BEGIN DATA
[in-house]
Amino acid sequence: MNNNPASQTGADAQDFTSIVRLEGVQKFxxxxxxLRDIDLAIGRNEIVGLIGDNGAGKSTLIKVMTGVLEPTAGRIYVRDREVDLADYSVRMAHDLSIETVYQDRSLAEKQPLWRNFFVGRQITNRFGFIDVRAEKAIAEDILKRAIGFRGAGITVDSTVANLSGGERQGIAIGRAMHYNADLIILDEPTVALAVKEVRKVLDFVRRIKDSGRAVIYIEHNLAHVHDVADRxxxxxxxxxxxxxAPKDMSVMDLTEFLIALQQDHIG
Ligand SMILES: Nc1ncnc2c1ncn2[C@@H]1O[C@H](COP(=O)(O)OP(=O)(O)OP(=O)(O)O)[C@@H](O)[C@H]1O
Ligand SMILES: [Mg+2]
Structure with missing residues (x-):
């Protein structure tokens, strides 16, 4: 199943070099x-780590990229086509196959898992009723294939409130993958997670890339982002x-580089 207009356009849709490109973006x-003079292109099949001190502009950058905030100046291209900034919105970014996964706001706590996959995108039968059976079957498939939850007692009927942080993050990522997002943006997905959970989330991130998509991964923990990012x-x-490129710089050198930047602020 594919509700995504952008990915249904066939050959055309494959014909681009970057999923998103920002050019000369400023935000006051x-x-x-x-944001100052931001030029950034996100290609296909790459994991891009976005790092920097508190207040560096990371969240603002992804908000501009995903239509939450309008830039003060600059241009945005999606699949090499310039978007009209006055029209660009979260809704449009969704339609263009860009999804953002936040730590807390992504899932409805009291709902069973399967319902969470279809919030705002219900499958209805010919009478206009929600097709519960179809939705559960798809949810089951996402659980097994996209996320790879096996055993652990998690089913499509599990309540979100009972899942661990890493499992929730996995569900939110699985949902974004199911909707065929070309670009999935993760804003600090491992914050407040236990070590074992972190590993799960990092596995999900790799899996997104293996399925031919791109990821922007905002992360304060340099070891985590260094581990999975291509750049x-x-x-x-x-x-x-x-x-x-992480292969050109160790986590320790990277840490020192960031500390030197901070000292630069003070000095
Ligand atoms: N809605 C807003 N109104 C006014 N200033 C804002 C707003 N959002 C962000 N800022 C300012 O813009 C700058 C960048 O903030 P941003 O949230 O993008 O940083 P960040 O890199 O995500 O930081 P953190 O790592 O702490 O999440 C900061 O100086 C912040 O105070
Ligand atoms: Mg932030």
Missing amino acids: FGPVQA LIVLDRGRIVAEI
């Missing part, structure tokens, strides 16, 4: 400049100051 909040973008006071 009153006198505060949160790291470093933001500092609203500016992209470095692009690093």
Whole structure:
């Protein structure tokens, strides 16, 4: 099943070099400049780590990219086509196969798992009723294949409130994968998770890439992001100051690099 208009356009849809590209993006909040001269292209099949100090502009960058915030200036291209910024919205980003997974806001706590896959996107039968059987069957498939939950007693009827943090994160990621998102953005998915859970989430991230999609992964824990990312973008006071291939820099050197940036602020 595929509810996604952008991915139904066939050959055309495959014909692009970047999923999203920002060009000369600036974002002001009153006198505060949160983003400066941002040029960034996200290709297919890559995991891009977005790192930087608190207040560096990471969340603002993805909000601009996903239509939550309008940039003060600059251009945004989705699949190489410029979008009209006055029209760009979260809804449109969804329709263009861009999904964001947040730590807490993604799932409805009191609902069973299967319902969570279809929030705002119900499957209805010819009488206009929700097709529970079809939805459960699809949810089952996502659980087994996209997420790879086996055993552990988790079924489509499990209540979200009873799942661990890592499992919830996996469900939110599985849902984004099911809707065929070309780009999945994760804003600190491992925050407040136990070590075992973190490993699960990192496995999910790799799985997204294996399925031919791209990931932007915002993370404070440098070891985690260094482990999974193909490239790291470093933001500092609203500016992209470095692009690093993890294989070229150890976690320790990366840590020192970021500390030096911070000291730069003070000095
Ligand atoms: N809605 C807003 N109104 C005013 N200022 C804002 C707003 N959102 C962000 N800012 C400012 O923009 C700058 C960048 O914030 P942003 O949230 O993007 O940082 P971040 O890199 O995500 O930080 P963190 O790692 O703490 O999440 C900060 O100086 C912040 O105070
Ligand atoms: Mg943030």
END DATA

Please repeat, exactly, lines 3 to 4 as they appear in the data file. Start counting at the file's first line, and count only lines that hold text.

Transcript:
Ligand SMILES: Nc1ncnc2c1ncn2[C@@H]1O[C@H](COP(=O)(O)OP(=O)(O)OP(=O)(O)O)[C@@H](O)[C@H]1O
Ligand SMILES: [Mg+2]